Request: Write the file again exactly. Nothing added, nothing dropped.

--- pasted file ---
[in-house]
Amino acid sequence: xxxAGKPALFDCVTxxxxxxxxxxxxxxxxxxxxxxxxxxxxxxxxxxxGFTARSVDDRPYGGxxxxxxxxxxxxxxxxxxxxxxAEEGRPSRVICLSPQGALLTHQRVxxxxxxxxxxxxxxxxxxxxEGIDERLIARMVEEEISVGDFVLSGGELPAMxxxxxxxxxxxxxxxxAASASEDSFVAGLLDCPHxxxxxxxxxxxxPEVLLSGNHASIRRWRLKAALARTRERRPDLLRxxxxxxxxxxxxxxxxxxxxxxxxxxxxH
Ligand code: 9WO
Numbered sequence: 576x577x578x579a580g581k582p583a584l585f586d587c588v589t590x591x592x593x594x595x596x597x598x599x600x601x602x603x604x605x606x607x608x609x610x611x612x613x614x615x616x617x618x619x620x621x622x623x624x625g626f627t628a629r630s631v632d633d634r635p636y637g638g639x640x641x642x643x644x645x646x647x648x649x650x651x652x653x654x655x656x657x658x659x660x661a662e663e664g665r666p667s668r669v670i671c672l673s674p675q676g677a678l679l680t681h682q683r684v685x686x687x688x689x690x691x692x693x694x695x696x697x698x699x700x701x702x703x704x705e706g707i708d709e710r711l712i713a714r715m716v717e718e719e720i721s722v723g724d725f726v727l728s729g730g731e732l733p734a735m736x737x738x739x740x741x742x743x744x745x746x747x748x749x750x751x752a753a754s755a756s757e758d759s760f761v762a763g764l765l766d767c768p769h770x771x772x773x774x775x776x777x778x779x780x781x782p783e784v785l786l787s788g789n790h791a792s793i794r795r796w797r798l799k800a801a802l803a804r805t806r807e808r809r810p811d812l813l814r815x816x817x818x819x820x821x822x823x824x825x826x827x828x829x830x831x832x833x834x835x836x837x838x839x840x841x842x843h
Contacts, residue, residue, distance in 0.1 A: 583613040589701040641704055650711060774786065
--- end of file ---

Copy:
[in-house]
Amino acid sequence: xxxAGKPALFDCVTxxxxxxxxxxxxxxxxxxxxxxxxxxxxxxxxxxxGFTARSVDDRPYGGxxxxxxxxxxxxxxxxxxxxxxAEEGRPSRVICLSPQGALLTHQRVxxxxxxxxxxxxxxxxxxxxEGIDERLIARMVEEEISVGDFVLSGGELPAMxxxxxxxxxxxxxxxxAASASEDSFVAGLLDCPHxxxxxxxxxxxxPEVLLSGNHASIRRWRLKAALARTRERRPDLLRxxxxxxxxxxxxxxxxxxxxxxxxxxxxH
Ligand code: 9WO
Numbered sequence: 576x577x578x579a580g581k582p583a584l585f586d587c588v589t590x591x592x593x594x595x596x597x598x599x600x601x602x603x604x605x606x607x608x609x610x611x612x613x614x615x616x617x618x619x620x621x622x623x624x625g626f627t628a629r630s631v632d633d634r635p636y637g638g639x640x641x642x643x644x645x646x647x648x649x650x651x652x653x654x655x656x657x658x659x660x661a662e663e664g665r666p667s668r669v670i671c672l673s674p675q676g677a678l679l680t681h682q683r684v685x686x687x688x689x690x691x692x693x694x695x696x697x698x699x700x701x702x703x704x705e706g707i708d709e710r711l712i713a714r715m716v717e718e719e720i721s722v723g724d725f726v727l728s729g730g731e732l733p734a735m736x737x738x739x740x741x742x743x744x745x746x747x748x749x750x751x752a753a754s755a756s757e758d759s760f761v762a763g764l765l766d767c768p769h770x771x772x773x774x775x776x777x778x779x780x781x782p783e784v785l786l787s788g789n790h791a792s793i794r795r796w797r798l799k800a801a802l803a804r805t806r807e808r809r810p811d812l813l814r815x816x817x818x819x820x821x822x823x824x825x826x827x828x829x830x831x832x833x834x835x836x837x838x839x840x841x842x843h
Contacts, residue, residue, distance in 0.1 A: 583613040589701040641704055650711060774786065